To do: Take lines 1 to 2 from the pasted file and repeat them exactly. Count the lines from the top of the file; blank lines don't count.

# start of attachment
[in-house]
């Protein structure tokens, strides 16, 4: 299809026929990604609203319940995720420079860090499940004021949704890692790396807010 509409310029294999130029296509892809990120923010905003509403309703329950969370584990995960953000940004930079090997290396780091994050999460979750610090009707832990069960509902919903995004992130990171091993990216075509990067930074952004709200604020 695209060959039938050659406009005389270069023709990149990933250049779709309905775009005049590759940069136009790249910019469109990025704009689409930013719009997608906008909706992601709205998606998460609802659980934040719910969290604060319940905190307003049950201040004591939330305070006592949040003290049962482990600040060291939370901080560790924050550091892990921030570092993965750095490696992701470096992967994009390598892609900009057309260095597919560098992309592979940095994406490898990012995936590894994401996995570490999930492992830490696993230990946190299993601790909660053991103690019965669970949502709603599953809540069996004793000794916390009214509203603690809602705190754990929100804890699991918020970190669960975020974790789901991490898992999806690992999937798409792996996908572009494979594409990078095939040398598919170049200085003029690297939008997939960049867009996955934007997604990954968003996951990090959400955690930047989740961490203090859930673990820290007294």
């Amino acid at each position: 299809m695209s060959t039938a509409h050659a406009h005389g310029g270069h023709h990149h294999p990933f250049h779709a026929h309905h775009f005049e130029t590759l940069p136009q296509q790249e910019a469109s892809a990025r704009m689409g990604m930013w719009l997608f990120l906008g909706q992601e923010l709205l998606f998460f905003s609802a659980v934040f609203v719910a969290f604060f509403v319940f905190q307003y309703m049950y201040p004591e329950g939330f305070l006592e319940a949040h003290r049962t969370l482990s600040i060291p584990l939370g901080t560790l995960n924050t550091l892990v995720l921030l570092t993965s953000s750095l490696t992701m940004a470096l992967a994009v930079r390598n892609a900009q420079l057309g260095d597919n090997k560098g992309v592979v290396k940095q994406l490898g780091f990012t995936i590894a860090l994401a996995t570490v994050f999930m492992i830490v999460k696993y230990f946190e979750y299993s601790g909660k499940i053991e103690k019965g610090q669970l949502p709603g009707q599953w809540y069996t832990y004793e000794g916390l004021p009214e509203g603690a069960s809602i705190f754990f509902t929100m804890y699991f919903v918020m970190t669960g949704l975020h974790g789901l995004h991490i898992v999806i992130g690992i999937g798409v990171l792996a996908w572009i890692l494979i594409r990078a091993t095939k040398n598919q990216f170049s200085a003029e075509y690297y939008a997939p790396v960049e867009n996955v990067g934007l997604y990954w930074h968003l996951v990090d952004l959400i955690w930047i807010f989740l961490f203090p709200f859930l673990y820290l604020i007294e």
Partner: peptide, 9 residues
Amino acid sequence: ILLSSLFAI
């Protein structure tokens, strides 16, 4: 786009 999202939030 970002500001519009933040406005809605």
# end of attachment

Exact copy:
[in-house]
């Protein structure tokens, strides 16, 4: 299809026929990604609203319940995720420079860090499940004021949704890692790396807010 509409310029294999130029296509892809990120923010905003509403309703329950969370584990995960953000940004930079090997290396780091994050999460979750610090009707832990069960509902919903995004992130990171091993990216075509990067930074952004709200604020 695209060959039938050659406009005389270069023709990149990933250049779709309905775009005049590759940069136009790249910019469109990025704009689409930013719009997608906008909706992601709205998606998460609802659980934040719910969290604060319940905190307003049950201040004591939330305070006592949040003290049962482990600040060291939370901080560790924050550091892990921030570092993965750095490696992701470096992967994009390598892609900009057309260095597919560098992309592979940095994406490898990012995936590894994401996995570490999930492992830490696993230990946190299993601790909660053991103690019965669970949502709603599953809540069996004793000794916390009214509203603690809602705190754990929100804890699991918020970190669960975020974790789901991490898992999806690992999937798409792996996908572009494979594409990078095939040398598919170049200085003029690297939008997939960049867009996955934007997604990954968003996951990090959400955690930047989740961490203090859930673990820290007294």